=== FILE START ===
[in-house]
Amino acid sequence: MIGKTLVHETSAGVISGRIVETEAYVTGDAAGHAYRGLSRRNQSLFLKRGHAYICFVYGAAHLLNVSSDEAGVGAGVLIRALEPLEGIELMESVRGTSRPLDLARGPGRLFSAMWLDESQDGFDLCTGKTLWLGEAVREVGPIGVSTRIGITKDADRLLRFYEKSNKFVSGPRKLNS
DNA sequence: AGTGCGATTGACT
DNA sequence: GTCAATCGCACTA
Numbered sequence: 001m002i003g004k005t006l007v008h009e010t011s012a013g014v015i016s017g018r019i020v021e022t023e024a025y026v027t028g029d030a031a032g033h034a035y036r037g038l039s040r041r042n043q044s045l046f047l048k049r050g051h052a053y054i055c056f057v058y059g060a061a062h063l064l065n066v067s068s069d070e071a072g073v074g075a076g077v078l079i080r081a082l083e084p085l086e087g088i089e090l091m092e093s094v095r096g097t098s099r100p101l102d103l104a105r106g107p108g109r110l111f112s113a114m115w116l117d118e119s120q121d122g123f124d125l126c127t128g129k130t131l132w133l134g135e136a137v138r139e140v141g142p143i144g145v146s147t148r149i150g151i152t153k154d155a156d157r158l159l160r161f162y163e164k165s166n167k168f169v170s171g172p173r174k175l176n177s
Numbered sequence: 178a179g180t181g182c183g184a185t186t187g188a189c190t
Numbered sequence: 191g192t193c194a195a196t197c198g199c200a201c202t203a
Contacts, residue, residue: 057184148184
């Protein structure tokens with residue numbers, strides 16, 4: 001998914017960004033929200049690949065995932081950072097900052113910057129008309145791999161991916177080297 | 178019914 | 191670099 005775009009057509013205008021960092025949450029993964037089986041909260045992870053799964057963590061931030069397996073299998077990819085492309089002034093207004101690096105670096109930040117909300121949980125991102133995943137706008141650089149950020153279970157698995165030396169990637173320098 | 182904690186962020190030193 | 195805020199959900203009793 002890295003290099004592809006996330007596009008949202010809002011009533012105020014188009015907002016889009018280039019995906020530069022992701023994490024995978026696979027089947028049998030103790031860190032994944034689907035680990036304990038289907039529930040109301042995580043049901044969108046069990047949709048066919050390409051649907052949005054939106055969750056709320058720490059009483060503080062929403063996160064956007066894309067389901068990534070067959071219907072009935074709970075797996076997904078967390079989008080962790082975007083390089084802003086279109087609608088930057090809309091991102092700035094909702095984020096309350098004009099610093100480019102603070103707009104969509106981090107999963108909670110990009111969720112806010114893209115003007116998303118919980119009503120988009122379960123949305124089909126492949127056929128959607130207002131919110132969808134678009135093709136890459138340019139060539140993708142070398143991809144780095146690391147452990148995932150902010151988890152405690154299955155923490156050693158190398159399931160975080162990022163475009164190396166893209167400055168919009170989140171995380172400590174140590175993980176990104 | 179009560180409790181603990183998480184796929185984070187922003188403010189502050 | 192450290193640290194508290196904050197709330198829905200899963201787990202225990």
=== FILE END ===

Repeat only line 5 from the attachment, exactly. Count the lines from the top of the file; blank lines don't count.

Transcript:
Numbered sequence: 001m002i003g004k005t006l007v008h009e010t011s012a013g014v015i016s017g018r019i020v021e022t023e024a025y026v027t028g029d030a031a032g033h034a035y036r037g038l039s040r041r042n043q044s045l046f047l048k049r050g051h052a053y054i055c056f057v058y059g060a061a062h063l064l065n066v067s068s069d070e071a072g073v074g075a076g077v078l079i080r081a082l083e084p085l086e087g088i089e090l091m092e093s094v095r096g097t098s099r100p101l102d103l104a105r106g107p108g109r110l111f112s113a114m115w116l117d118e119s120q121d122g123f124d125l126c127t128g129k130t131l132w133l134g135e136a137v138r139e140v141g142p143i144g145v146s147t148r149i150g151i152t153k154d155a156d157r158l159l160r161f162y163e164k165s166n167k168f169v170s171g172p173r174k175l176n177s